Only the church remains. During the French Revolution, the local priest turned radically against his religion and took the initiative to tear down everything else – the dormitories, the kitchens, the cloisters and chapels, all of it. It’s perhaps one of Menulphus’s principal miracles that the church itself escaped the curé’s destructive rampage.
A jewel of Romanesque art and architecture
What a beautiful church it is, though! When I was there, apples hung heavily from dozens of trees in the courtyard. Against the intensely blue sky, all of the Romanesque elements of the architecture seemed perfectly in balance, as they were meant to be.
The secret of the débredinoire
Inside, the mathematically-proportioned arches, the painted walls in some of the chapels, and the intricately-carved capitals on top of the columns all make this one of the finest examples of this style in the Auvergne.
The first two times I circled the interior, I completely missed la débredinoire . (In my defense, I still didn’t know exactly what I was looking for!) On the third pass, though, I found it. Behind the altar, in the graceful round walkway of the chevet (the apse), there’s an awkwardly placed stone box that does, in fact, look like a small coffin.
The remaining relics of Saint Menulphus are vaguely visible through two little cross-shaped openings in the narrow end of the box. At the end nearer the altar there’s an opening shaped like the door to a little pizza oven.
According to the explanation posted above this débredinoire, if you put your head into the opening and pray to the saint, you can be cured of being “simple-minded”. (It is supposed to work for headaches and migraines, too.) Bredin, it turns out, is an antique Bourbon word for those who are “simple of spirit” or “a little deranged.”
A cure for a modern problem?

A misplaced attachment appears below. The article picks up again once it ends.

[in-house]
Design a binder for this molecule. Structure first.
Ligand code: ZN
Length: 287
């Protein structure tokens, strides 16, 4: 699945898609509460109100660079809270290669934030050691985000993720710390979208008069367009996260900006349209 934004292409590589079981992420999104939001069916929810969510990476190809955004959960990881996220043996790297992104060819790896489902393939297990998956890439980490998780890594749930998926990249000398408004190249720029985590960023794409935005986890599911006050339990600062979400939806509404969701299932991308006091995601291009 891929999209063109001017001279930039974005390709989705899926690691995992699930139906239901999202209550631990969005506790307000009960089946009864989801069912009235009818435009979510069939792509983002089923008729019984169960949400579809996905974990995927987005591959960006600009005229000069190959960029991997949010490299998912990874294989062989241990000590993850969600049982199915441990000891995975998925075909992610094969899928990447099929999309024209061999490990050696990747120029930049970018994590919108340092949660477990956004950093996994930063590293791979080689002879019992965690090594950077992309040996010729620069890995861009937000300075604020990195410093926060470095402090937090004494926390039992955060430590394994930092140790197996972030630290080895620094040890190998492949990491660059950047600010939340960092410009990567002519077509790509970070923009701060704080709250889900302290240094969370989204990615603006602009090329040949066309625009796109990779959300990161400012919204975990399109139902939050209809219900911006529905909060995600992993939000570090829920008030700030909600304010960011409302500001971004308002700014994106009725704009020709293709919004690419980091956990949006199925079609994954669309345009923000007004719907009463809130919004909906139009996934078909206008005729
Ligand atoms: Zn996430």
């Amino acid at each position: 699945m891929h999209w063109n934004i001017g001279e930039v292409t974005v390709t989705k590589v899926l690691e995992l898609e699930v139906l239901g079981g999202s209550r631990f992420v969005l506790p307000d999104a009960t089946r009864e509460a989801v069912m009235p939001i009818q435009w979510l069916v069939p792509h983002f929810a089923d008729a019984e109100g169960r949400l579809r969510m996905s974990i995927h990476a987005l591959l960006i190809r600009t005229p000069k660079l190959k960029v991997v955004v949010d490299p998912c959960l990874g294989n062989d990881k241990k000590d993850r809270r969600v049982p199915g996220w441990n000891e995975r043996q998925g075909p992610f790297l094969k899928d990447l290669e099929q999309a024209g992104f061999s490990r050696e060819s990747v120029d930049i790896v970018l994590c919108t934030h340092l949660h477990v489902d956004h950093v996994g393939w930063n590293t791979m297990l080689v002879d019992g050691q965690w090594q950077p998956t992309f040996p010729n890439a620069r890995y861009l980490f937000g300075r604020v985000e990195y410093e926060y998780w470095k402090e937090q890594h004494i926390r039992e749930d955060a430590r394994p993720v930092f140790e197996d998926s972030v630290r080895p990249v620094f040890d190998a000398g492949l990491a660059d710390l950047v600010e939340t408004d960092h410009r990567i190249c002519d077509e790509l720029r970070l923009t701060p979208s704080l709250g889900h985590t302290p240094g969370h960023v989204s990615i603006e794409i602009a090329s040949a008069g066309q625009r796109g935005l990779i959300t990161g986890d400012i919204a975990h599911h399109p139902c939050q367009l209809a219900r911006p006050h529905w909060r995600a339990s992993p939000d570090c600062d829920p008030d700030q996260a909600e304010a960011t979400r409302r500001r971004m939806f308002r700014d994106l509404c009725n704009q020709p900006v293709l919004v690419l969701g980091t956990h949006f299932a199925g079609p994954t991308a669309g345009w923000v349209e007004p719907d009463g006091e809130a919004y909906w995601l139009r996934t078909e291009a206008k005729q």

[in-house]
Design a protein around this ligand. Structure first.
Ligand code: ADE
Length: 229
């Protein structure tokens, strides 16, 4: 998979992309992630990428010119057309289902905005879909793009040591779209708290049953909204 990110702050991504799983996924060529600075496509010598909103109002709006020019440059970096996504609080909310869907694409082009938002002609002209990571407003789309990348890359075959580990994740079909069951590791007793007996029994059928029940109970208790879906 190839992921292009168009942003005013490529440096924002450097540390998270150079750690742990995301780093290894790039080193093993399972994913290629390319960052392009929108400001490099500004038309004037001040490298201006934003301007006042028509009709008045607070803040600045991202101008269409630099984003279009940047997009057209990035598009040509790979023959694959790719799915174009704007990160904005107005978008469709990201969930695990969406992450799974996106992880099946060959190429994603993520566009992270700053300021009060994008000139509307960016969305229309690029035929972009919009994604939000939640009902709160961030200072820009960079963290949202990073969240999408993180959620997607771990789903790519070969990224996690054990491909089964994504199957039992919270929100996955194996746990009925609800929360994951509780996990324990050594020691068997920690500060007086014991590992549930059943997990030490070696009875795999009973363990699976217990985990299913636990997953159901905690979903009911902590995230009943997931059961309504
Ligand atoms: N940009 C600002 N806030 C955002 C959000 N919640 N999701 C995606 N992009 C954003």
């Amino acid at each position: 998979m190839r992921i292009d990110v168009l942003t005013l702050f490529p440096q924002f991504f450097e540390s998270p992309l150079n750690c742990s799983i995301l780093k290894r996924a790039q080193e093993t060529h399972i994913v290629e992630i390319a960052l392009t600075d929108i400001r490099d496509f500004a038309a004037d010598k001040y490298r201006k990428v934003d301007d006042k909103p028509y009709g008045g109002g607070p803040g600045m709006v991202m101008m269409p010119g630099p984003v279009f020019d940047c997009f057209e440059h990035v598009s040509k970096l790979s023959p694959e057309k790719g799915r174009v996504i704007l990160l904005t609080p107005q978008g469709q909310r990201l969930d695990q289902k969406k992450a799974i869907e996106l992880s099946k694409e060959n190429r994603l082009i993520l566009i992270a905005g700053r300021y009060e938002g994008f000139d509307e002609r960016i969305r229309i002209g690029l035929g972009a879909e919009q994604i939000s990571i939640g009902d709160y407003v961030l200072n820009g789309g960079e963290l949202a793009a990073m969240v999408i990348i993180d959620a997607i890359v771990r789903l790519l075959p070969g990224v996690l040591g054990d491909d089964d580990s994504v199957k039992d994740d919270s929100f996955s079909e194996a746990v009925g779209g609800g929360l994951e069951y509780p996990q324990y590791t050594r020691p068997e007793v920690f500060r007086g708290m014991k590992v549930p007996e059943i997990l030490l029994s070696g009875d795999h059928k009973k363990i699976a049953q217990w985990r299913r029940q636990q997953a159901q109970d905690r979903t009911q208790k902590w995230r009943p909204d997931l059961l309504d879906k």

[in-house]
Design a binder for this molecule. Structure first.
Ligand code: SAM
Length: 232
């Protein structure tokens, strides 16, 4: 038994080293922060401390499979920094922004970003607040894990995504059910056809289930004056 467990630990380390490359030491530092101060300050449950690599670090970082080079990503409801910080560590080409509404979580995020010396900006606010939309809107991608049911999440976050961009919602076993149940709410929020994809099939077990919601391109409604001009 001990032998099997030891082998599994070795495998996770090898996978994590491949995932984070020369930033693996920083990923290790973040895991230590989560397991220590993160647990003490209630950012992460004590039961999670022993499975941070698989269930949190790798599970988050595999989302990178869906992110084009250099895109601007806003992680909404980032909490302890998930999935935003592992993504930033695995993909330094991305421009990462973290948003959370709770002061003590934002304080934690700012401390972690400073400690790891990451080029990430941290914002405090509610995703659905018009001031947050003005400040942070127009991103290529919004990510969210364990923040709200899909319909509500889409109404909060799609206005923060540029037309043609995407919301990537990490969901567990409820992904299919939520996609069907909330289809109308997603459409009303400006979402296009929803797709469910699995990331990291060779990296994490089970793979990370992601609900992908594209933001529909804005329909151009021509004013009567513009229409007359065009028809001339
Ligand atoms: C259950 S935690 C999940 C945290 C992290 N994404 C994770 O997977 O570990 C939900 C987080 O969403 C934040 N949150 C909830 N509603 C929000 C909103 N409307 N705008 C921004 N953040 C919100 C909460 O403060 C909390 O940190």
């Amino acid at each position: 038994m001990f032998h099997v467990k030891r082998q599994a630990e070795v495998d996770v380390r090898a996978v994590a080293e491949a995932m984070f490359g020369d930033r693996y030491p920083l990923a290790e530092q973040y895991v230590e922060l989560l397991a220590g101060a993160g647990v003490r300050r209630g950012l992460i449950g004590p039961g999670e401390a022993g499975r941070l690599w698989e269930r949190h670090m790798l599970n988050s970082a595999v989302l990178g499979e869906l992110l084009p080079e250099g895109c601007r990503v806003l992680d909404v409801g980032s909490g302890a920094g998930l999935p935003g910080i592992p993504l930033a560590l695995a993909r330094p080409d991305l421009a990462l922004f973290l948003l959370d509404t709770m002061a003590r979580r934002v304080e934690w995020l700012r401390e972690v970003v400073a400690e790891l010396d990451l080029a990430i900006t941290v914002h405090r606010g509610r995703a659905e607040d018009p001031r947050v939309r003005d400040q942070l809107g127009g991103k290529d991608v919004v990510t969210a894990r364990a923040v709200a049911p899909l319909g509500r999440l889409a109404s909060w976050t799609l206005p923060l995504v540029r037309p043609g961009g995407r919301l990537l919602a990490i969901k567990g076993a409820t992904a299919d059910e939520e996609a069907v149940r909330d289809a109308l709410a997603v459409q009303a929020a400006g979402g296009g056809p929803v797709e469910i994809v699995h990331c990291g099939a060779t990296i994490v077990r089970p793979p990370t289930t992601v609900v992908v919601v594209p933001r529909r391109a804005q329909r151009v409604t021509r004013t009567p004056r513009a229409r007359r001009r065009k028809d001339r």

Remarkably for a Catholic church, the explanation is somewhat reserved. “This is not an obligatory rite,” it says; “furthermore, avoiding all superstitious practices is recommended.” But think of the implications! If this could cure simple-mindedness in all its forms, can’t you think of a long list of people (in both the public and private domain) who should be on the first bus to Saint Menoux?
If you go, though, be careful. The legend associated with this remarkable curiosity also says you must put only your head into the stone box. If you support yourself by touching the sides of the débredinoire, you risk absorbing all the accumulated follies of all the people who came before you!
As a side note: there’s an interesting French website called “Débredinoire”, dedicated to “de-polluting your brain” by “attacking prejudice, welcoming contradiction, and listening to others and yourself.” The reliquary at St Menoux is their featured image.
What curiosities have you come across in your travels around France? Any other medieval miracles you'd like to see repeated today? Please share what you’ve seen in the Comments section below... and please share this post with someone else interested in the history and culture of France.